The last moment for Governor Jerry Brown to sign or veto bills was Sunday, October 15, at midnight and he waited to the very end to act on several bills the California Catholic Conference tracked this past Legislative Session.
Most notable was the Governor’s veto of AB 569 (Gonzales-Fletcher, D-San Diego), the bill that targeted religious employers and would have created unprecedented liability for a fabricated problem, so-called “reproductive discrimination.” In his veto message, the Governor wrote, “The California Fair Employment and Housing Act has long banned such adverse actions, except for religious institutions. I believe these types of claims should remain within the jurisdiction of the Department of Fair Employment and Housing.”
In a released statement, CCC Executive Director Ned Dolejsi said, “Governor Jerry Brown has allowed common sense and justice to prevail by vetoing AB 569.... Proponents of this bill, sponsored by NARAL, broadened the reach to an unprecedented level in their effort to advance their ideological agenda. We thank Governor Brown for vetoing this unnecessary, highly questionable effort to harass religious employers who provide valuable services in the public domain.”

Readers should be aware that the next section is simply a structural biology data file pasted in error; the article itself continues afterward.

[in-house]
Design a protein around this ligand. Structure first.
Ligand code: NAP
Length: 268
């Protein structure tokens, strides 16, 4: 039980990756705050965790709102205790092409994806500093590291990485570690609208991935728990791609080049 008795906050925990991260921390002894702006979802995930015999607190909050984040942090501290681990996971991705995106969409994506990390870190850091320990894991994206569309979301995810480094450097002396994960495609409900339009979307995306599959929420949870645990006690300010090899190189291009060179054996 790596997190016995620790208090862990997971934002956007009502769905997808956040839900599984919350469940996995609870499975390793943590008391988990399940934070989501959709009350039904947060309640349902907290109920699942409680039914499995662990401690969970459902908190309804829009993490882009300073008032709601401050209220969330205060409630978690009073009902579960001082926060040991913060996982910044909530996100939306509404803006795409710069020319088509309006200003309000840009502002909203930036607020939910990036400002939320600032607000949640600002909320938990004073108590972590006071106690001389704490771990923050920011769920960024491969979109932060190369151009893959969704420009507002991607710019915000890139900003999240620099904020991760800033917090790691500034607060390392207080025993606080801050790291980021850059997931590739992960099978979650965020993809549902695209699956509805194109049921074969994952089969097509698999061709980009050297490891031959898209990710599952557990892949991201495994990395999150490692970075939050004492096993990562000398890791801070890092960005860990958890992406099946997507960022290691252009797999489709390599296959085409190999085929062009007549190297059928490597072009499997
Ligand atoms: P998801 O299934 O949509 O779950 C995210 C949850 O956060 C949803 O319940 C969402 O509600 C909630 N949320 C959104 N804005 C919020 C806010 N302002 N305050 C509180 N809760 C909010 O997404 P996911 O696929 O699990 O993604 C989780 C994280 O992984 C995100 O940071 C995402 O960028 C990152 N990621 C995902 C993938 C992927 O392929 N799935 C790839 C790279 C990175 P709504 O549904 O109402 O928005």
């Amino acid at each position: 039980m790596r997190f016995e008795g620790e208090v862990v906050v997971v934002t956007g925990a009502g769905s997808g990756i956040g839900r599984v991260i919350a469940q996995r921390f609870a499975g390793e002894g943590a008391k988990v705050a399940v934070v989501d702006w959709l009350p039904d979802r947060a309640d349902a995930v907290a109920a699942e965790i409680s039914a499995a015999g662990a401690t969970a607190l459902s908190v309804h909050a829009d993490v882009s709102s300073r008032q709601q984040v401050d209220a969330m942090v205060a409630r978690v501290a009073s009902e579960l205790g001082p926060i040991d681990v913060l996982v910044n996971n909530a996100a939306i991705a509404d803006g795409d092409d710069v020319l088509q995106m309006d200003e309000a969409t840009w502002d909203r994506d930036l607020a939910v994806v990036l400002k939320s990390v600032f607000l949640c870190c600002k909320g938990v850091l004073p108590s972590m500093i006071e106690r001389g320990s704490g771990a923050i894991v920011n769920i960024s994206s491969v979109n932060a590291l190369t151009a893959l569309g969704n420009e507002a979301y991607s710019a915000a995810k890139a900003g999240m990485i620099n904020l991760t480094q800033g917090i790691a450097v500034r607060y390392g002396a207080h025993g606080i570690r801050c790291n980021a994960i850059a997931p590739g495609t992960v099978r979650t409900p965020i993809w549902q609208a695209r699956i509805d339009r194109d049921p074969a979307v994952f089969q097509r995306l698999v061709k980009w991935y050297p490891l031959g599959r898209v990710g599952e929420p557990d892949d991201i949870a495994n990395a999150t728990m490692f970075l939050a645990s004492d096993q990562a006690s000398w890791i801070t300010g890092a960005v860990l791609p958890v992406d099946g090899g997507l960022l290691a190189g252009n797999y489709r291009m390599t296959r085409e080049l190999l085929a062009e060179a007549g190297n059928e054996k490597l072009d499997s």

There was a concerted effort to defeat this bill. On behalf of the CCC, thank you to everyone who took the time to write to their legislators and the Governor. There is no doubt the continued voice of the Catholic Legislative Network was heard and played a significant role in the defeating the attack on religious employers throughout the state. Read the entire statement here.
It was unfortunate that Governor Brown chose to sign SB 179 (D-Atkins), which will now create a “nonbinary” gender identity option in the state. Residents of the state can now request a new birth certificate indicating a non-binding gender preference. Read the CCC’s statement on the signing of this bill here.
For information on the previously signed and vetoed bills, and the final status of those bills that did not reach the Governor’s desk, visit our legislative report page. The second year of the two-year legislative session will resume in December.